With holiday travel season upon us, you may be thinking about redeeming some reward points you’ve earned from your bank for a free airline ticket. After a recent U.S. Tax Court ruling, the ticket may not be as free as you think.
In the case of Shankar v. Commissioner, IRS, the U.S. Tax Court sided with the IRS and held that the value of an airline ticket purchased with “Thank You” reward points is taxable as gross income.
Parimal Shankar received 50,000 “Thank You” points from Citibank in 2009. Citibank sent him and the IRS a Form 1009-MISC, which reported the ticket value of $668 as “other income.” Shankar did not report the income. The IRS sought payment of the tax and assessed a $563 deficiency. Shankar disputed the IRS’s position, filed a petition with the U.S. Tax Court, and the case went to trial. Read More ›
Every year, the Michigan Department of Treasury audits Michigan businesses for compliance with the Sales and Use tax laws. Oftentimes, those audits result in tax assessments that are disputed by the taxpayer. But, how does a taxpayer navigate the audit process and challenge a tax assessment? Read More ›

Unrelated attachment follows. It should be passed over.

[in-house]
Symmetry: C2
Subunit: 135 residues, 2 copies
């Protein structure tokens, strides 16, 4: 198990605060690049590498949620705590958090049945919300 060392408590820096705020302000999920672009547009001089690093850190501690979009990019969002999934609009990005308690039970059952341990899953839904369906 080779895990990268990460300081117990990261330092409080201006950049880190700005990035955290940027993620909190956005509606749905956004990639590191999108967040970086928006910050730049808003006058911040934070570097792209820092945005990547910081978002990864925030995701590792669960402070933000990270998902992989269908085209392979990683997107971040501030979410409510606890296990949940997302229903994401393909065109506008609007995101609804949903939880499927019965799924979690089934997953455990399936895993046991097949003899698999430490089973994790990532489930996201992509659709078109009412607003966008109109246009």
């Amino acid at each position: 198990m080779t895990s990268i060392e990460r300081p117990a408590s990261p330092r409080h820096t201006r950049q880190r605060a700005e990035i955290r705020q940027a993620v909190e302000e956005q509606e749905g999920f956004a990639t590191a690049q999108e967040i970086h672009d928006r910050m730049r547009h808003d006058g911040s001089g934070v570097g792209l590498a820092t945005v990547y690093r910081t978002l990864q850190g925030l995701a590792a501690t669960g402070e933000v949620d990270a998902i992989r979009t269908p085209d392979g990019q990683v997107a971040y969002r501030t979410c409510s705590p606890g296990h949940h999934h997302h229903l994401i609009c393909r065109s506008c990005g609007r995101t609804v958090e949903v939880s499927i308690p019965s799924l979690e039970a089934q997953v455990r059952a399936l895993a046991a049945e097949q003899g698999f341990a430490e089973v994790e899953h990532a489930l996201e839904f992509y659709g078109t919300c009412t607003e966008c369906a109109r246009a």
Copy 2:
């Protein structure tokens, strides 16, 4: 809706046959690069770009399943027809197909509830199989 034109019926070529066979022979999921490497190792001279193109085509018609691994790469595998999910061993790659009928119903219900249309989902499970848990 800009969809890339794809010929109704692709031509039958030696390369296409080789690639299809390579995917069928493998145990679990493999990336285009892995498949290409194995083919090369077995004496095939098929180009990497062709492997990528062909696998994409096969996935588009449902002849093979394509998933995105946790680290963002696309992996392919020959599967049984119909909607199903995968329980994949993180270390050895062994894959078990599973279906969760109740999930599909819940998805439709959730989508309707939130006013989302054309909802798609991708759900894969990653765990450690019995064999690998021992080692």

A commonly-recognized feature of many business entities is the "shield" that protects officers, members, managers, and partners from personal liability for the business's actions. However, that "shield" does not protect the officers of a company from all liability. Importantly, if a business fails to pay its taxes, then the key officers of the business can be held personally liable for the unpaid taxes of the business. Read More ›
Kickstarter is a crowdfunding platform for creative projects. Project creators set a funding goal and deadline for their project, and if people like the project, they can pledge money to help make it happen. From movies to books, electronic gadgets to fashion, a wide range of projects raise funds (and in many cases don't raise funds) on Kickstarter. One guy even raised over $50,000 to make potato salad.
While Kickstarter has been a great fundraising platform for a wide range of people who may have had no alternative source of financing, an issue that many people overlook is the tax implications from a successful Kickstarter campaign. Read More ›
Who Must File?